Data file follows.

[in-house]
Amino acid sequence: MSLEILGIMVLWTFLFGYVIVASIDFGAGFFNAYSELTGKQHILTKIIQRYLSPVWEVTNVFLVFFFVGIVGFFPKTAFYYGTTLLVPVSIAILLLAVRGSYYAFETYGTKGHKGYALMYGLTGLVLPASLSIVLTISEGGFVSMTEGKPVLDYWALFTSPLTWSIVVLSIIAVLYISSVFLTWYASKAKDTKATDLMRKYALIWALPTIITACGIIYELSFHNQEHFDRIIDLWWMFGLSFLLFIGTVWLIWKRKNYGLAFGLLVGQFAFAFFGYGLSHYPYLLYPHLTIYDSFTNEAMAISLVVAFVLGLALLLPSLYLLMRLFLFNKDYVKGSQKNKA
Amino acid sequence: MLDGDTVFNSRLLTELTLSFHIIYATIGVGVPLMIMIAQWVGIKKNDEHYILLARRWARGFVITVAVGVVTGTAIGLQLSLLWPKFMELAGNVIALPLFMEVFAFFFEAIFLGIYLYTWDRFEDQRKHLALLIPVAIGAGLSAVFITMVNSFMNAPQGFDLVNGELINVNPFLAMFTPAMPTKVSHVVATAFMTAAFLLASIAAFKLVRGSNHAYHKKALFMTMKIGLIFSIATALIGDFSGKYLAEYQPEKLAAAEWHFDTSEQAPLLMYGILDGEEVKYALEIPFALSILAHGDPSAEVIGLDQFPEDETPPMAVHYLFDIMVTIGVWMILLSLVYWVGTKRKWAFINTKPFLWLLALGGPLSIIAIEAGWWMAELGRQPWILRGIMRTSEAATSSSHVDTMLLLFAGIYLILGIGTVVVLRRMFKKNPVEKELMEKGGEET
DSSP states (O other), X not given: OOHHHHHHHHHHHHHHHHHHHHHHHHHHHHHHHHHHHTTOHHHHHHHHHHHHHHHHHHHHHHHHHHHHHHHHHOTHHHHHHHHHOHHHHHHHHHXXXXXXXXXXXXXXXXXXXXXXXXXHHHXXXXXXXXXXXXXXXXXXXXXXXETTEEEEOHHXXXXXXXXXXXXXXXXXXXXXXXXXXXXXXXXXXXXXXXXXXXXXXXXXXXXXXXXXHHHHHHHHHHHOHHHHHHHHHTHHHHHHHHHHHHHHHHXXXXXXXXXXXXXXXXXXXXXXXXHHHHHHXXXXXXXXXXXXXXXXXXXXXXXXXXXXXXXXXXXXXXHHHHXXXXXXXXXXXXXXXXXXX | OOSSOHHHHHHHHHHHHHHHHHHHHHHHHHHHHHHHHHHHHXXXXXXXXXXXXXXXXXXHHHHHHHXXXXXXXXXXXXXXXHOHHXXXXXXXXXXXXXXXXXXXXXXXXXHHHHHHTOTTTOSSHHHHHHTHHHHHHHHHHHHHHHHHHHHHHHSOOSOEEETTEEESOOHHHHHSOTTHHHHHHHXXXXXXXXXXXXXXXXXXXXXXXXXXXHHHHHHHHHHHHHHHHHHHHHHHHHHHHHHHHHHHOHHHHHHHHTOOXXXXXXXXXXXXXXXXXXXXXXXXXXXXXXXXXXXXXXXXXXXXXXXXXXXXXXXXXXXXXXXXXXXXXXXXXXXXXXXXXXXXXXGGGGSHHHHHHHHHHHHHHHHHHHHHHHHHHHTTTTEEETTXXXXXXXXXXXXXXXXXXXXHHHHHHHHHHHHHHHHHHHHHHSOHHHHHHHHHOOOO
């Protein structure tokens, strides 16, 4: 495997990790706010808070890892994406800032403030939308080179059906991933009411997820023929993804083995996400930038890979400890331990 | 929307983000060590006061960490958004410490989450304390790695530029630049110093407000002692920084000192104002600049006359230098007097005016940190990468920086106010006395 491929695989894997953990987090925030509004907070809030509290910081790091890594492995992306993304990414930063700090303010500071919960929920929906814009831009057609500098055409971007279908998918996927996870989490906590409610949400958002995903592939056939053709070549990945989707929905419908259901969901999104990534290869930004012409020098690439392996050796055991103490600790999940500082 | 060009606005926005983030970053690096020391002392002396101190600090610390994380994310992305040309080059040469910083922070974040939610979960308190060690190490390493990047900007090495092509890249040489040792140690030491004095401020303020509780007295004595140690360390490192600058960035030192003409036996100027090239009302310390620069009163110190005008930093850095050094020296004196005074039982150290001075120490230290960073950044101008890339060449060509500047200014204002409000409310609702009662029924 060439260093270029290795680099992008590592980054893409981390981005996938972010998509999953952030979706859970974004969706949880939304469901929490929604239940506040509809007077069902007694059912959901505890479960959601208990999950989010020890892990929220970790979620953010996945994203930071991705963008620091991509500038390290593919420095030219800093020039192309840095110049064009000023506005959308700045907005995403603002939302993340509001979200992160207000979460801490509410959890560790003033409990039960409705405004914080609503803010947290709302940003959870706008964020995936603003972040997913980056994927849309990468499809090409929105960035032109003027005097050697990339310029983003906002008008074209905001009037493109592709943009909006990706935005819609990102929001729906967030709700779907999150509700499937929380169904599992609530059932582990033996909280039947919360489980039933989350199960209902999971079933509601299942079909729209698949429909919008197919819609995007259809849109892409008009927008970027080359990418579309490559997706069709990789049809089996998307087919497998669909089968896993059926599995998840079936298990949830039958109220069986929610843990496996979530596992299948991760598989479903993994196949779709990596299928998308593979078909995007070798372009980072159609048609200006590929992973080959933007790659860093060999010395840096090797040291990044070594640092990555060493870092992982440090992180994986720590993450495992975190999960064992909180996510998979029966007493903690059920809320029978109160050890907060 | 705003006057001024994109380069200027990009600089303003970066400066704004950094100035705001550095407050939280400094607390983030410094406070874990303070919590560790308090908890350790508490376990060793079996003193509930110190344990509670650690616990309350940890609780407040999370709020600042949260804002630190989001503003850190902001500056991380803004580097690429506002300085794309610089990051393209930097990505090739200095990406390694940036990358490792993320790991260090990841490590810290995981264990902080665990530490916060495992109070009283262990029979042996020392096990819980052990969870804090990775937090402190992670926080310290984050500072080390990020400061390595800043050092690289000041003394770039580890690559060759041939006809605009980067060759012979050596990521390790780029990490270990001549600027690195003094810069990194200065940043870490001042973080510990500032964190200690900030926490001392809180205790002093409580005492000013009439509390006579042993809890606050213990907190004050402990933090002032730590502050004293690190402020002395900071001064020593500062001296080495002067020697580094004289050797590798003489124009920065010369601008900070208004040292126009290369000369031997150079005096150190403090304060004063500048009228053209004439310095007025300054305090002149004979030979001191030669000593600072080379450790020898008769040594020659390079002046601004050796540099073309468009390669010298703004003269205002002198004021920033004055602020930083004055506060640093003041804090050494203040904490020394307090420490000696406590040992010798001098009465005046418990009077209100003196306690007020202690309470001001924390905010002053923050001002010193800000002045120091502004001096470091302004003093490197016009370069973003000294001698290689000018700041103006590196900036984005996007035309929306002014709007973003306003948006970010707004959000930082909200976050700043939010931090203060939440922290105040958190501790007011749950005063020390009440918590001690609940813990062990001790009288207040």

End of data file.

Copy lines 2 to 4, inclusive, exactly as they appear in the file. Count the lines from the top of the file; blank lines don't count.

Amino acid sequence: MSLEILGIMVLWTFLFGYVIVASIDFGAGFFNAYSELTGKQHILTKIIQRYLSPVWEVTNVFLVFFFVGIVGFFPKTAFYYGTTLLVPVSIAILLLAVRGSYYAFETYGTKGHKGYALMYGLTGLVLPASLSIVLTISEGGFVSMTEGKPVLDYWALFTSPLTWSIVVLSIIAVLYISSVFLTWYASKAKDTKATDLMRKYALIWALPTIITACGIIYELSFHNQEHFDRIIDLWWMFGLSFLLFIGTVWLIWKRKNYGLAFGLLVGQFAFAFFGYGLSHYPYLLYPHLTIYDSFTNEAMAISLVVAFVLGLALLLPSLYLLMRLFLFNKDYVKGSQKNKA
Amino acid sequence: MLDGDTVFNSRLLTELTLSFHIIYATIGVGVPLMIMIAQWVGIKKNDEHYILLARRWARGFVITVAVGVVTGTAIGLQLSLLWPKFMELAGNVIALPLFMEVFAFFFEAIFLGIYLYTWDRFEDQRKHLALLIPVAIGAGLSAVFITMVNSFMNAPQGFDLVNGELINVNPFLAMFTPAMPTKVSHVVATAFMTAAFLLASIAAFKLVRGSNHAYHKKALFMTMKIGLIFSIATALIGDFSGKYLAEYQPEKLAAAEWHFDTSEQAPLLMYGILDGEEVKYALEIPFALSILAHGDPSAEVIGLDQFPEDETPPMAVHYLFDIMVTIGVWMILLSLVYWVGTKRKWAFINTKPFLWLLALGGPLSIIAIEAGWWMAELGRQPWILRGIMRTSEAATSSSHVDTMLLLFAGIYLILGIGTVVVLRRMFKKNPVEKELMEKGGEET
DSSP states (O other), X not given: OOHHHHHHHHHHHHHHHHHHHHHHHHHHHHHHHHHHHTTOHHHHHHHHHHHHHHHHHHHHHHHHHHHHHHHHHOTHHHHHHHHHOHHHHHHHHHXXXXXXXXXXXXXXXXXXXXXXXXXHHHXXXXXXXXXXXXXXXXXXXXXXXETTEEEEOHHXXXXXXXXXXXXXXXXXXXXXXXXXXXXXXXXXXXXXXXXXXXXXXXXXXXXXXXXXHHHHHHHHHHHOHHHHHHHHHTHHHHHHHHHHHHHHHHXXXXXXXXXXXXXXXXXXXXXXXXHHHHHHXXXXXXXXXXXXXXXXXXXXXXXXXXXXXXXXXXXXXXHHHHXXXXXXXXXXXXXXXXXXX | OOSSOHHHHHHHHHHHHHHHHHHHHHHHHHHHHHHHHHHHHXXXXXXXXXXXXXXXXXXHHHHHHHXXXXXXXXXXXXXXXHOHHXXXXXXXXXXXXXXXXXXXXXXXXXHHHHHHTOTTTOSSHHHHHHTHHHHHHHHHHHHHHHHHHHHHHHSOOSOEEETTEEESOOHHHHHSOTTHHHHHHHXXXXXXXXXXXXXXXXXXXXXXXXXXXHHHHHHHHHHHHHHHHHHHHHHHHHHHHHHHHHHHOHHHHHHHHTOOXXXXXXXXXXXXXXXXXXXXXXXXXXXXXXXXXXXXXXXXXXXXXXXXXXXXXXXXXXXXXXXXXXXXXXXXXXXXXXXXXXXXXXGGGGSHHHHHHHHHHHHHHHHHHHHHHHHHHHTTTTEEETTXXXXXXXXXXXXXXXXXXXXHHHHHHHHHHHHHHHHHHHHHHSOHHHHHHHHHOOOO